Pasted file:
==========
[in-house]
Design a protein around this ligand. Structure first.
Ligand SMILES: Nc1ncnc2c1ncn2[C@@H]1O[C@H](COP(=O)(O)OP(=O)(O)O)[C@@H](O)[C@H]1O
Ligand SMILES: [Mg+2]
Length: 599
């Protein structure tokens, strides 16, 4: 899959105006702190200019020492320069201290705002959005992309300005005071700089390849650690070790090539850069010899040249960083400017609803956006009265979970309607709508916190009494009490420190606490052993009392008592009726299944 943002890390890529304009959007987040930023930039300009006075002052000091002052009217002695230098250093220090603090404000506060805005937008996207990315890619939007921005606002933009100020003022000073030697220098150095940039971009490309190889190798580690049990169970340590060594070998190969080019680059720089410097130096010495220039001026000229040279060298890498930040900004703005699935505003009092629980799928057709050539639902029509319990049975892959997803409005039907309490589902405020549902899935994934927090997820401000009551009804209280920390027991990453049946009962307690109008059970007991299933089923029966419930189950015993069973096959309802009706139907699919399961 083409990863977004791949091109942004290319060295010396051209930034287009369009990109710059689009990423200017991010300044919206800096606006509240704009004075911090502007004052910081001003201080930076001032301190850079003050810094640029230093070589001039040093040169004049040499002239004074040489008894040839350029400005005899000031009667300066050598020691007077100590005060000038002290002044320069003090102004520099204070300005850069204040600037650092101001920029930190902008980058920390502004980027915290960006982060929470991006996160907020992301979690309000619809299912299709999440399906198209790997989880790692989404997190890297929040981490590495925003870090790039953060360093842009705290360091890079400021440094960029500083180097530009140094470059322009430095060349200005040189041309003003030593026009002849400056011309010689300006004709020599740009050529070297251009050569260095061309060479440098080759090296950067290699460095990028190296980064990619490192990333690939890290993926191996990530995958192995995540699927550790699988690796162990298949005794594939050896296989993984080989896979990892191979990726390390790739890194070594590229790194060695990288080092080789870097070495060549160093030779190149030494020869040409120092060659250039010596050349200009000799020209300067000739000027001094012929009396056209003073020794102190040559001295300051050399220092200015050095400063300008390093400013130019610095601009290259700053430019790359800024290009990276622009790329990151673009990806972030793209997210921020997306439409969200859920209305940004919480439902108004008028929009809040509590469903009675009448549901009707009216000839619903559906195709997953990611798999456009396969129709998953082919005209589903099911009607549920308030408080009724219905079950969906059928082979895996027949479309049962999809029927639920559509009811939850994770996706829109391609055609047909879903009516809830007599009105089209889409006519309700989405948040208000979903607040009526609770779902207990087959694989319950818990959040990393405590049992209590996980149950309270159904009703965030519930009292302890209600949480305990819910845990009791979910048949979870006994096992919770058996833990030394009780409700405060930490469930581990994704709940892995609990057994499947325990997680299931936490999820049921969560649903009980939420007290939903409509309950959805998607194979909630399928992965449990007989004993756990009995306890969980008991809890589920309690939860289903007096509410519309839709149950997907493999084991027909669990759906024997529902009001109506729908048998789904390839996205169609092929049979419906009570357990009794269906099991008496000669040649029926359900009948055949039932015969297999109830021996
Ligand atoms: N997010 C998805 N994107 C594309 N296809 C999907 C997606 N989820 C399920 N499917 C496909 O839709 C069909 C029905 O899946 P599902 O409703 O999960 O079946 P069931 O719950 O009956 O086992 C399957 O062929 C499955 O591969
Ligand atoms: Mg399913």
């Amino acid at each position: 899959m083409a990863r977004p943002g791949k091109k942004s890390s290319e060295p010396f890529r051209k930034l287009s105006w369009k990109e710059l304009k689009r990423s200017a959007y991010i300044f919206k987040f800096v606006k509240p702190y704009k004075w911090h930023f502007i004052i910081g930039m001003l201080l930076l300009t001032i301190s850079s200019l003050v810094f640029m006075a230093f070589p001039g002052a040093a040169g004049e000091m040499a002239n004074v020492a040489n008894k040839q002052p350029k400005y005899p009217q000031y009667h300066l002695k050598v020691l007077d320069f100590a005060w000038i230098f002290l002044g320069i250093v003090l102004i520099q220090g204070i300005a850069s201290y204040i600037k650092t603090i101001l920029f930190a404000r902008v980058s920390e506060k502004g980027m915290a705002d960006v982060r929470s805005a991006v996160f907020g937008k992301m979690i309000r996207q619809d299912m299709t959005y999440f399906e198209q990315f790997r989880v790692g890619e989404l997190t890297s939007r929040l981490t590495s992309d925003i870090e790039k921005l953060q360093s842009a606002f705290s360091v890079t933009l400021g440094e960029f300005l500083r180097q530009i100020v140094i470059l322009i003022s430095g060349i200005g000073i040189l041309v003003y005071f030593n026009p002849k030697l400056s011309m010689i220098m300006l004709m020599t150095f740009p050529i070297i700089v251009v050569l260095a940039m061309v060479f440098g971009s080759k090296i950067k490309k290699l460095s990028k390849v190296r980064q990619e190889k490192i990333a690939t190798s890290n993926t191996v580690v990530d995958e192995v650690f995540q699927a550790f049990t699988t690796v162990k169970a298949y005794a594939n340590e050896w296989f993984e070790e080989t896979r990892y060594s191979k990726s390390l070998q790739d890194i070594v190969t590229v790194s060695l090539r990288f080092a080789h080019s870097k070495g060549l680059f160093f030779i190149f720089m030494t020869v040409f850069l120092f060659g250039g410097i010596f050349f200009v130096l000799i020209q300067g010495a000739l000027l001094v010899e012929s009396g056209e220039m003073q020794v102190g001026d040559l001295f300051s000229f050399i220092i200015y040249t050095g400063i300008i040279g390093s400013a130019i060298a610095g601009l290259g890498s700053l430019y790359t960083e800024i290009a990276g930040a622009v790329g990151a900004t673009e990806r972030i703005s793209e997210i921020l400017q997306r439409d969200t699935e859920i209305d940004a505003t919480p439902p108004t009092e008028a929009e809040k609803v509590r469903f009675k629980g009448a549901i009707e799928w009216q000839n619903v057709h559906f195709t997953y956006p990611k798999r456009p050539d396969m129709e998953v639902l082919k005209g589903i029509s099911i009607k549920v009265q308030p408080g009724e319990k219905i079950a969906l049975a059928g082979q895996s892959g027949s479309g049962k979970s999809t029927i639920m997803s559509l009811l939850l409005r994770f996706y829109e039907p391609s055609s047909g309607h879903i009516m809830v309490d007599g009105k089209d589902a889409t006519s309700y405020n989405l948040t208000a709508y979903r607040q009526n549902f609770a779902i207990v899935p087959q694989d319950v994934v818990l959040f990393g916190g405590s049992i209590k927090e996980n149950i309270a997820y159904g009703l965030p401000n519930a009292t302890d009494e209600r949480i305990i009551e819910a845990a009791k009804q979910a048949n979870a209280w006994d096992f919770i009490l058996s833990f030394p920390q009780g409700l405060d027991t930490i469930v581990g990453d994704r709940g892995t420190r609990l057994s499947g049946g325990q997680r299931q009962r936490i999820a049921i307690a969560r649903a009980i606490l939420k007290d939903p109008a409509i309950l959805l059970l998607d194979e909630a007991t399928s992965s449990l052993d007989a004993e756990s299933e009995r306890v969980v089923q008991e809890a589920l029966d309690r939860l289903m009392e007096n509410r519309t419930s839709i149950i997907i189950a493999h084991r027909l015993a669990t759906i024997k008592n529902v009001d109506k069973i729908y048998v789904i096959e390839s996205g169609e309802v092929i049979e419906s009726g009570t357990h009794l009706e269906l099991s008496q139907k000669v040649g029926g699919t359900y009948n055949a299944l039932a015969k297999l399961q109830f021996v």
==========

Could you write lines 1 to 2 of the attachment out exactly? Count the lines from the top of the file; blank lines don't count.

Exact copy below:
[in-house]
Design a protein around this ligand. Structure first.